Investigation into the effects of herbivory on Pentaclethra macroloba seedling success

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Pentaclethra macroloba is a dominant tropical canopy tree found throughout Central America and Amazonia. The annual mortality rate of P. macroloba seedlings is 60% in the tropical wet forest at the La Selva OTS biological station in Costa Rica. A possible cause of this dramatic mortality rate is insect herbivory, which can reduce seed production, plant growth, and survivorship, as well as cause leaf abscission. During the summer of 2009, new leaves of P. macroloba seedlings were selectively herbivorized by geometridae caterpillars to remove 25% of leaf material. Rachis growth rates were calculated over a 15-day period to compare differences between controlled and herbivorized leaves. In addition, 115 P. macroloba seedlings were tagged and photographed for leaf area analysis. This data is a part of an ongoing census of P. macroloba that aims to determine factors that contribute to the high mortality in seedlings that are 50 cm to 2 m in height. At the same time, I also collected and reared Lepidoptera larvae from P. macroloba in order to study larval development of the herbivores of P. macroloba. Finally, I conducted trials on P. macroloba leaflets to determine rates of water loss with varying levels of damage that mimicked Lepidoptera herbivory. The goal of each of these experiments was to identify if herbivory is a factor that contributes to the high seedling mortality rate in P. macroloba.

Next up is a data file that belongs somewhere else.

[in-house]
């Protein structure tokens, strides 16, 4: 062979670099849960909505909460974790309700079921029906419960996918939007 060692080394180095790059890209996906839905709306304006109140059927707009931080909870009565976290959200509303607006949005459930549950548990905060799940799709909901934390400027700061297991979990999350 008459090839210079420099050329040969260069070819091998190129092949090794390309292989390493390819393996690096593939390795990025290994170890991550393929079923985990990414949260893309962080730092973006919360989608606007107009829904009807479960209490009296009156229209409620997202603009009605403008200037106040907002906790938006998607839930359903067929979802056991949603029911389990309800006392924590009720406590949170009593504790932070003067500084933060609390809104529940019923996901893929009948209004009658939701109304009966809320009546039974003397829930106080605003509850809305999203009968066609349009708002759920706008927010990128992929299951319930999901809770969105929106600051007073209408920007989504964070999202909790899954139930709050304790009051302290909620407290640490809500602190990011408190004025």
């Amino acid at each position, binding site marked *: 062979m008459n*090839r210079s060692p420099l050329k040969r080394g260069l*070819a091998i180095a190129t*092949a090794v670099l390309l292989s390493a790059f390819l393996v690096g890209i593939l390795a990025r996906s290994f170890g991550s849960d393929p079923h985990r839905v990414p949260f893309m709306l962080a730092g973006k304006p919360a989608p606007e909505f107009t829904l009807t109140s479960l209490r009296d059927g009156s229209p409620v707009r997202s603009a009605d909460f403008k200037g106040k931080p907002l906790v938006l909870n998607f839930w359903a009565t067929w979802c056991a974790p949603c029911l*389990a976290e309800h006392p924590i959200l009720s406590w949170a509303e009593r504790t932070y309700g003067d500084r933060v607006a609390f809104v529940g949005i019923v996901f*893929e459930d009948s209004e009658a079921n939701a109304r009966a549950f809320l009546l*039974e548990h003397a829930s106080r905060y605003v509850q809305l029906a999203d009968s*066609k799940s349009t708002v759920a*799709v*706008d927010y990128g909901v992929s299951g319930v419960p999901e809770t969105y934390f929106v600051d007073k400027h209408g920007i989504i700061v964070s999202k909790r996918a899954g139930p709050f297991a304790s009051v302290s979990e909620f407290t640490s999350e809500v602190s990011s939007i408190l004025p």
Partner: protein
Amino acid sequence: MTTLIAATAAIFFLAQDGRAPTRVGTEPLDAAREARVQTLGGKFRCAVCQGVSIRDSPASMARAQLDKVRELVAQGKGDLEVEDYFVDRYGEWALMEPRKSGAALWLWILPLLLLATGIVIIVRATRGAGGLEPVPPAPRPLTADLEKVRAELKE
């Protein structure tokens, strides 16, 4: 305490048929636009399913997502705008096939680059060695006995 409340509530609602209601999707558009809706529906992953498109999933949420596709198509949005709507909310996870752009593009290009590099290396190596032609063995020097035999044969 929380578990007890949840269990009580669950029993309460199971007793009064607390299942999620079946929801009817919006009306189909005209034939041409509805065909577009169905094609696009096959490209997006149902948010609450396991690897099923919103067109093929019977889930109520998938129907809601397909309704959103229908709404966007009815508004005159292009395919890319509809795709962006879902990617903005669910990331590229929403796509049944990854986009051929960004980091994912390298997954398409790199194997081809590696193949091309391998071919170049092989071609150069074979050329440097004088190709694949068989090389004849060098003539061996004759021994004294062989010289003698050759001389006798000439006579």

Elizabeth Braker




Howard Hughes Medical Institute Undergraduate Science Education Grant

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